This weekâ€™s officiating video for the media from officiating vice president Dean Blandino covers what appears to be this seasonâ€™s most difficult calls (video download).
- As we broke down on Sunday, the fourth-quarter punt return by the Lions was negated by a replay of a Cardinals possession at the goal line. Blandino emphasized the two rules in play: possession of a kick by the kicking team is a dead ball, but if the ball (or the player in possession of the ball) go into the end zone, it is also a touchback.
- In our quick calls on Sunday, we dissected the touchback vs. safety debate on a Patriots kickoff that was muffed by the Colts. A touchback was awarded, but Blandino acknowledges that this was close to the ball being ruled â€œnearly at rest.â€ This determination would swing the gate on who provided the impetus to put the ball in the end zone, which largely defaults to the team last in possession or, in this case, kicked. The resting-ball ruling was upheld by Blandino, inasmuch as a 2-point penalty would be harsh if there is a borderline determination.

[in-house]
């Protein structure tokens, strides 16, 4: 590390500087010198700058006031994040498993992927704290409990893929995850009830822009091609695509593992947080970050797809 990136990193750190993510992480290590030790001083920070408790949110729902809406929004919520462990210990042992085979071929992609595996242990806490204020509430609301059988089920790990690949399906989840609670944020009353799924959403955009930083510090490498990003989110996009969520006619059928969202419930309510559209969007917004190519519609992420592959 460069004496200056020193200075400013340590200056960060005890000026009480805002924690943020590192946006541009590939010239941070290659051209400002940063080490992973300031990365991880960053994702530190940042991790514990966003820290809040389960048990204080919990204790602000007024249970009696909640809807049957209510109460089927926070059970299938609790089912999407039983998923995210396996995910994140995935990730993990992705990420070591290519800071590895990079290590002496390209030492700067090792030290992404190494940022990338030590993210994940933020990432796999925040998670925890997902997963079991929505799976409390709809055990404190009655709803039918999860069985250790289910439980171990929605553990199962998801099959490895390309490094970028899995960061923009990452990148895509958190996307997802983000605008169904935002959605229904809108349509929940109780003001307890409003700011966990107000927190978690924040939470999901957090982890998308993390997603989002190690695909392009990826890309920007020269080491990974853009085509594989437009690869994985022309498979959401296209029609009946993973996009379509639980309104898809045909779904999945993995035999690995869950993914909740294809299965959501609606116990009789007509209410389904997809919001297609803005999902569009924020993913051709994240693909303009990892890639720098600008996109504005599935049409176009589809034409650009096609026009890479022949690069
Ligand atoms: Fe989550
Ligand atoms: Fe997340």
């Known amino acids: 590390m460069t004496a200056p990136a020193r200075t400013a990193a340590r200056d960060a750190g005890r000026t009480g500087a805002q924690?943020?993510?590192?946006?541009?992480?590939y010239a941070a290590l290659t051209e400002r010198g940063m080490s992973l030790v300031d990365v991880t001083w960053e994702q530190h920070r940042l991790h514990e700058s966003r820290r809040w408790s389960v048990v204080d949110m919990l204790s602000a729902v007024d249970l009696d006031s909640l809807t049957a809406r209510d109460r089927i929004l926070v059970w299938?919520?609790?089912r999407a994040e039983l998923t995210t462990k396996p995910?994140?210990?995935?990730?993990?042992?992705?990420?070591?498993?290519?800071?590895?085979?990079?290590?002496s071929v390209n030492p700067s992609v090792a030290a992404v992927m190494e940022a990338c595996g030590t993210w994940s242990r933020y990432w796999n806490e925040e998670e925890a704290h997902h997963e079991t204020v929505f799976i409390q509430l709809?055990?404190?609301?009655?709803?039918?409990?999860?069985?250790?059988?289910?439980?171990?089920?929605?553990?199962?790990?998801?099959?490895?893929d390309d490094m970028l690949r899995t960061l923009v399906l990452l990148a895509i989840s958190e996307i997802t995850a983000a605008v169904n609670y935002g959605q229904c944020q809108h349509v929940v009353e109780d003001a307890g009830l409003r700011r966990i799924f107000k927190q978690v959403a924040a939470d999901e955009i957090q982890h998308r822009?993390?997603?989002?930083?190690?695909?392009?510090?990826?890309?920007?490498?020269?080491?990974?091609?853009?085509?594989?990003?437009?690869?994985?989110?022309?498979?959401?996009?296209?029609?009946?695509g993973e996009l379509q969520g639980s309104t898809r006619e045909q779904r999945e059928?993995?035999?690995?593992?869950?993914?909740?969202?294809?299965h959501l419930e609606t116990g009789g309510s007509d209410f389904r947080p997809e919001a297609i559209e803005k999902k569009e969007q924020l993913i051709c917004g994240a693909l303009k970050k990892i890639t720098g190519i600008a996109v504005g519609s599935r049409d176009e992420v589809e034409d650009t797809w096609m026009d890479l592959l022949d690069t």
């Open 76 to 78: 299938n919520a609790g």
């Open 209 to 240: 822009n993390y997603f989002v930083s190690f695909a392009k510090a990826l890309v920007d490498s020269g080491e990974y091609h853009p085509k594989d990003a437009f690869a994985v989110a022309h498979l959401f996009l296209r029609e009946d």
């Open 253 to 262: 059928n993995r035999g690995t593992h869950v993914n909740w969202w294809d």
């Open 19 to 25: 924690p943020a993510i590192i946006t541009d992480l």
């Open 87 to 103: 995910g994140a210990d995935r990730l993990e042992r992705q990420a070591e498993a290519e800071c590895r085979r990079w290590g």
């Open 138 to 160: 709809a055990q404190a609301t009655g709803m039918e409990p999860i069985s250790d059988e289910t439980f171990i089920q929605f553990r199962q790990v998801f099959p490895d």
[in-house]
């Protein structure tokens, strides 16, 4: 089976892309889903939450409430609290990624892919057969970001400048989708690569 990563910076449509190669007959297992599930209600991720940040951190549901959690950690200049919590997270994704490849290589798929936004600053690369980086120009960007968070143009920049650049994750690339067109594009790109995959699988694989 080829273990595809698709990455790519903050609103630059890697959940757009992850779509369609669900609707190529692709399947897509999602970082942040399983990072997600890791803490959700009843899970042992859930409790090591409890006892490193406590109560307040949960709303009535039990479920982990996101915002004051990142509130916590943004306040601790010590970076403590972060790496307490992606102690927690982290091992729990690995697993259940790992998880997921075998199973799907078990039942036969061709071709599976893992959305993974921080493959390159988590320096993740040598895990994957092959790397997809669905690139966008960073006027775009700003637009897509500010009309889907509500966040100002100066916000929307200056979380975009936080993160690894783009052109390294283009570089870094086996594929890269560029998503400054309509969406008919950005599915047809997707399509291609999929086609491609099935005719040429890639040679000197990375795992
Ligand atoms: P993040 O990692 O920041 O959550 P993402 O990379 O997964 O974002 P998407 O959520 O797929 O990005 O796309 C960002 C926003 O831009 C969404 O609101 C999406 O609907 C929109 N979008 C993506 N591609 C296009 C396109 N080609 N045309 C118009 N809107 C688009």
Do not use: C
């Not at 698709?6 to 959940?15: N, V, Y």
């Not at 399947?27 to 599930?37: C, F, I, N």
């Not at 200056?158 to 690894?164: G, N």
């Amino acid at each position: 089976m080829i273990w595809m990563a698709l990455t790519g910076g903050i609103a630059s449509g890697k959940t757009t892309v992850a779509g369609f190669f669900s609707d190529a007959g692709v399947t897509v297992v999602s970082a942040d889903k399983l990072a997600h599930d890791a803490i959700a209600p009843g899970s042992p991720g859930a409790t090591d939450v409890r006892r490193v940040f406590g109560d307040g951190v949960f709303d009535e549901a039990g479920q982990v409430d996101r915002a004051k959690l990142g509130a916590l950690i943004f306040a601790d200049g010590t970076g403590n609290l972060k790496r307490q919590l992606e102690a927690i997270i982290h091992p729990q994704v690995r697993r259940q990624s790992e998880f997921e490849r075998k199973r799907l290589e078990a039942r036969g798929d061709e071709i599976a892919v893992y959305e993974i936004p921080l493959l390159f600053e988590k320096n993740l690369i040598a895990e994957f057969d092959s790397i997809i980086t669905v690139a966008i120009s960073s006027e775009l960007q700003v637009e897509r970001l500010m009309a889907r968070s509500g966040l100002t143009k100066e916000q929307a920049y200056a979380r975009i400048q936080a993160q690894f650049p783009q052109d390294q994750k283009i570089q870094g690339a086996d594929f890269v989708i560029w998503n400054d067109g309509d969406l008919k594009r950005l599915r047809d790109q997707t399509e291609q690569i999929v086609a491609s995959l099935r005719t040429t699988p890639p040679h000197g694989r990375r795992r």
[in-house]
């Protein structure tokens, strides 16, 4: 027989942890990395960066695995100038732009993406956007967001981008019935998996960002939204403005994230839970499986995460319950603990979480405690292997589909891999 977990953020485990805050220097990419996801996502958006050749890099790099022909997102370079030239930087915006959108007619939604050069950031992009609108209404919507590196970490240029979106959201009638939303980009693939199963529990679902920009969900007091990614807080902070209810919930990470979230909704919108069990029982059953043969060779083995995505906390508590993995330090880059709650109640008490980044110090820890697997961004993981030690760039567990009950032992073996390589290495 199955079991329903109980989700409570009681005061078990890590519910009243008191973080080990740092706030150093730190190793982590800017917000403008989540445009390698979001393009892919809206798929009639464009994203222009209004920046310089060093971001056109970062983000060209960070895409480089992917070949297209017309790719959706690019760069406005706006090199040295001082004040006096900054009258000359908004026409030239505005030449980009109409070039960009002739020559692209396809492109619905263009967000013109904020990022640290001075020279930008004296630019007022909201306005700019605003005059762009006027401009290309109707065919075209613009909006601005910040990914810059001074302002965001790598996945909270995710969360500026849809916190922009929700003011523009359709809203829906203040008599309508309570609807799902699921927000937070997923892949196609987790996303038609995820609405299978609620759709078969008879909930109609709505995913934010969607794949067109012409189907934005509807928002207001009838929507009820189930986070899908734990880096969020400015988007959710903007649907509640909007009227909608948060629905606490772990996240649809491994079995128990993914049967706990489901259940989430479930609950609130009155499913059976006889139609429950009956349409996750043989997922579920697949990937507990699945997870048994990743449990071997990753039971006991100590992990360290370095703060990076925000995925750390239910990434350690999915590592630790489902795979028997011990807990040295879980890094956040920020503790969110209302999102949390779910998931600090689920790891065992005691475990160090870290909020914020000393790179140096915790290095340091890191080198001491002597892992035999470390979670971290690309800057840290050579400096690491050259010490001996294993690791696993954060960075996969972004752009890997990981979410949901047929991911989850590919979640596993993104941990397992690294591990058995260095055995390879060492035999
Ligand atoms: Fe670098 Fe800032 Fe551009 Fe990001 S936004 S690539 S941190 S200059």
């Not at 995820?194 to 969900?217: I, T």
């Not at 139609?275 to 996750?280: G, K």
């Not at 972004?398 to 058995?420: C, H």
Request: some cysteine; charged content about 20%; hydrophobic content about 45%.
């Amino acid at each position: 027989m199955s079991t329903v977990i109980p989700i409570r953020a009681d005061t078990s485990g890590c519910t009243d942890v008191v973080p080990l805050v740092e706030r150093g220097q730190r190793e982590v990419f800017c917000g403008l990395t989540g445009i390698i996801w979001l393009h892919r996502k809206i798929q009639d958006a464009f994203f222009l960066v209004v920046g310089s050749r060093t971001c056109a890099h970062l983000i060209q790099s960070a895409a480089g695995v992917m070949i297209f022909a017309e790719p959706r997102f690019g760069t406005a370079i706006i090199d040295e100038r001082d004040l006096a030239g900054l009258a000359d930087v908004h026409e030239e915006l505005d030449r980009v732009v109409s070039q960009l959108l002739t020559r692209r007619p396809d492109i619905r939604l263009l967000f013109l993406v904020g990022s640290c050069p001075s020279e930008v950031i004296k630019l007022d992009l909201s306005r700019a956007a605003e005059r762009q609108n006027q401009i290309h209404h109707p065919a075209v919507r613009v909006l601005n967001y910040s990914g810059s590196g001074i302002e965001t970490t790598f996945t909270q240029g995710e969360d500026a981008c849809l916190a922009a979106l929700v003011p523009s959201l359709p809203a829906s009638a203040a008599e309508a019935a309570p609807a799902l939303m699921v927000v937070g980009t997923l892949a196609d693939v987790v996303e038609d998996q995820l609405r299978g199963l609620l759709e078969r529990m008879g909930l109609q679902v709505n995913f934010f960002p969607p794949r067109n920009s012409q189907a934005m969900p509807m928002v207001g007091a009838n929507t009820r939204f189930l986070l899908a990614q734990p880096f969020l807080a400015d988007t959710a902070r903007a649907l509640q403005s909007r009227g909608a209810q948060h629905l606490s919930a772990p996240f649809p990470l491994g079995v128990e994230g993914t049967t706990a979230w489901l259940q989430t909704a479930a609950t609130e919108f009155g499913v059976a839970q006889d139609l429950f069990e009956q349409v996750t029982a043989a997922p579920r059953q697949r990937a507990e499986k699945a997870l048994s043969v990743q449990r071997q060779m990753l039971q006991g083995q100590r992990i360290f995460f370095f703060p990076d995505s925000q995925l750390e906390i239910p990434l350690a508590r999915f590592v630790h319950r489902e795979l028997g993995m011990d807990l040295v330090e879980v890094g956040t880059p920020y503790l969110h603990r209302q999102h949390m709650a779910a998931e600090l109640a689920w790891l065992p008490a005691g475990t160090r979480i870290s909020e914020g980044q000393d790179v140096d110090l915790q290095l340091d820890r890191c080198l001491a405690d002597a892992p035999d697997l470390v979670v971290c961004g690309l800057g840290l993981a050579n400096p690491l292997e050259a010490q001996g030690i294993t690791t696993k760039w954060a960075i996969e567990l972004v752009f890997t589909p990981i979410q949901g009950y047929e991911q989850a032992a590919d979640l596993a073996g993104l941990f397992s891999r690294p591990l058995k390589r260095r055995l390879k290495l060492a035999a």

- A review that we summarized on Sunday involved a recovery of a loose ball by the Vikings on an incomplete ruling for the Bears. Recovery is permitted after the whistle in case of a replay reversal. Since the Vikings players stopped, and then recovered, there was no immediate recovery, and the Vikings were unable to win the challenge. Of note, Blandino said that the open-hand ruling (quarterbackâ€™s arm going forward without the ball) of a fumble or if it is incomplete is the refereeâ€™s call.
- Holding fouls that occur nearly simultaneous to the end of the play are not fouls, unless the runner is tackled by the virtue of the holding. Conversely, illegal block above the waist will be called if it is simultaneous to the dead ball, because it is a player-safety issue. If the block is clearly late, the illegal block becomes an unnecessary roughness foul.